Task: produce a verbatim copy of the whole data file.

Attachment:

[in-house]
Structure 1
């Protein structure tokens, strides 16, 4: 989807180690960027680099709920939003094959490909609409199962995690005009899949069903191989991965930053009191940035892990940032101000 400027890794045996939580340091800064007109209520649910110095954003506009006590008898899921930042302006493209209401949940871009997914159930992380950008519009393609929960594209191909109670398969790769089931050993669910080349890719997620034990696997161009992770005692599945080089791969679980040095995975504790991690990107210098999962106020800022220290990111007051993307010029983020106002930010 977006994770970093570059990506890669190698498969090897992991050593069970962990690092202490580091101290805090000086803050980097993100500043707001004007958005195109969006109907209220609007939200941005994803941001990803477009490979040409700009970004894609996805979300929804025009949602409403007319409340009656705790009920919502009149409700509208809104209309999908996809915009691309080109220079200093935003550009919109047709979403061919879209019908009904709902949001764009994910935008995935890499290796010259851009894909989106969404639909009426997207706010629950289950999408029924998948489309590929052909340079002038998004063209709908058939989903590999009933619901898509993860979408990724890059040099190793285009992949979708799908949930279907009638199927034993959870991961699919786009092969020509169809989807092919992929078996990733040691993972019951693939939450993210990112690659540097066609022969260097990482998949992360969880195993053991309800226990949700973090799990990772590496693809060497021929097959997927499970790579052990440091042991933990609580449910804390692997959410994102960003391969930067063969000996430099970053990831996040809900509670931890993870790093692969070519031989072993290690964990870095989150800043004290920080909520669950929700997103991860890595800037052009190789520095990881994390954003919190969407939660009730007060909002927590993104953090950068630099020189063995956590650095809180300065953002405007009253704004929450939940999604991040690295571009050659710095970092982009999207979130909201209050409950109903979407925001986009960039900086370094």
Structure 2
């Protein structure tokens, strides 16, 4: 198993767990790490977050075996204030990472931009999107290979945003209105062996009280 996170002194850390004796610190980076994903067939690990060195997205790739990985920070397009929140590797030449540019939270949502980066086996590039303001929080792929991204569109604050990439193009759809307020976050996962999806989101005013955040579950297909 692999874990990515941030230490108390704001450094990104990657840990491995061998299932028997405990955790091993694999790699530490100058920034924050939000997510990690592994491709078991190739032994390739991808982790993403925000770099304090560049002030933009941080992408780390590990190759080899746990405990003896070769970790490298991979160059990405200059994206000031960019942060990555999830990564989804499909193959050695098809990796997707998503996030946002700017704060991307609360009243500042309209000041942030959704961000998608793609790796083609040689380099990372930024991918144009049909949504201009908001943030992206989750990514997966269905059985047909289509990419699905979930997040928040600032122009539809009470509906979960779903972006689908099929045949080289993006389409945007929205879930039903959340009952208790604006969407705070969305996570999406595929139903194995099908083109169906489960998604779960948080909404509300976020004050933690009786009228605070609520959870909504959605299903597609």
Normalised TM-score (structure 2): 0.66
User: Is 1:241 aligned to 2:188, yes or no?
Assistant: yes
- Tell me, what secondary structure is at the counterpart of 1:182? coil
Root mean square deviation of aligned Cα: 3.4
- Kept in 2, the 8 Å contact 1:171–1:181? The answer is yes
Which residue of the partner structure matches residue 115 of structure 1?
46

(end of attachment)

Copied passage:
[in-house]
Structure 1
């Protein structure tokens, strides 16, 4: 989807180690960027680099709920939003094959490909609409199962995690005009899949069903191989991965930053009191940035892990940032101000 400027890794045996939580340091800064007109209520649910110095954003506009006590008898899921930042302006493209209401949940871009997914159930992380950008519009393609929960594209191909109670398969790769089931050993669910080349890719997620034990696997161009992770005692599945080089791969679980040095995975504790991690990107210098999962106020800022220290990111007051993307010029983020106002930010 977006994770970093570059990506890669190698498969090897992991050593069970962990690092202490580091101290805090000086803050980097993100500043707001004007958005195109969006109907209220609007939200941005994803941001990803477009490979040409700009970004894609996805979300929804025009949602409403007319409340009656705790009920919502009149409700509208809104209309999908996809915009691309080109220079200093935003550009919109047709979403061919879209019908009904709902949001764009994910935008995935890499290796010259851009894909989106969404639909009426997207706010629950289950999408029924998948489309590929052909340079002038998004063209709908058939989903590999009933619901898509993860979408990724890059040099190793285009992949979708799908949930279907009638199927034993959870991961699919786009092969020509169809989807092919992929078996990733040691993972019951693939939450993210990112690659540097066609022969260097990482998949992360969880195993053991309800226990949700973090799990990772590496693809060497021929097959997927499970790579052990440091042991933990609580449910804390692997959410994102960003391969930067063969000996430099970053990831996040809900509670931890993870790093692969070519031989072993290690964990870095989150800043004290920080909520669950929700997103991860890595800037052009190789520095990881994390954003919190969407939660009730007060909002927590993104953090950068630099020189063995956590650095809180300065953002405007009253704004929450939940999604991040690295571009050659710095970092982009999207979130909201209050409950109903979407925001986009960039900086370094």
Structure 2
């Protein structure tokens, strides 16, 4: 198993767990790490977050075996204030990472931009999107290979945003209105062996009280 996170002194850390004796610190980076994903067939690990060195997205790739990985920070397009929140590797030449540019939270949502980066086996590039303001929080792929991204569109604050990439193009759809307020976050996962999806989101005013955040579950297909 692999874990990515941030230490108390704001450094990104990657840990491995061998299932028997405990955790091993694999790699530490100058920034924050939000997510990690592994491709078991190739032994390739991808982790993403925000770099304090560049002030933009941080992408780390590990190759080899746990405990003896070769970790490298991979160059990405200059994206000031960019942060990555999830990564989804499909193959050695098809990796997707998503996030946002700017704060991307609360009243500042309209000041942030959704961000998608793609790796083609040689380099990372930024991918144009049909949504201009908001943030992206989750990514997966269905059985047909289509990419699905979930997040928040600032122009539809009470509906979960779903972006689908099929045949080289993006389409945007929205879930039903959340009952208790604006969407705070969305996570999406595929139903194995099908083109169906489960998604779960948080909404509300976020004050933690009786009228605070609520959870909504959605299903597609």
Normalised TM-score (structure 2): 0.66
User: Is 1:241 aligned to 2:188, yes or no?
Assistant: yes
- Tell me, what secondary structure is at the counterpart of 1:182? coil
Root mean square deviation of aligned Cα: 3.4
- Kept in 2, the 8 Å contact 1:171–1:181? The answer is yes
Which residue of the partner structure matches residue 115 of structure 1?
46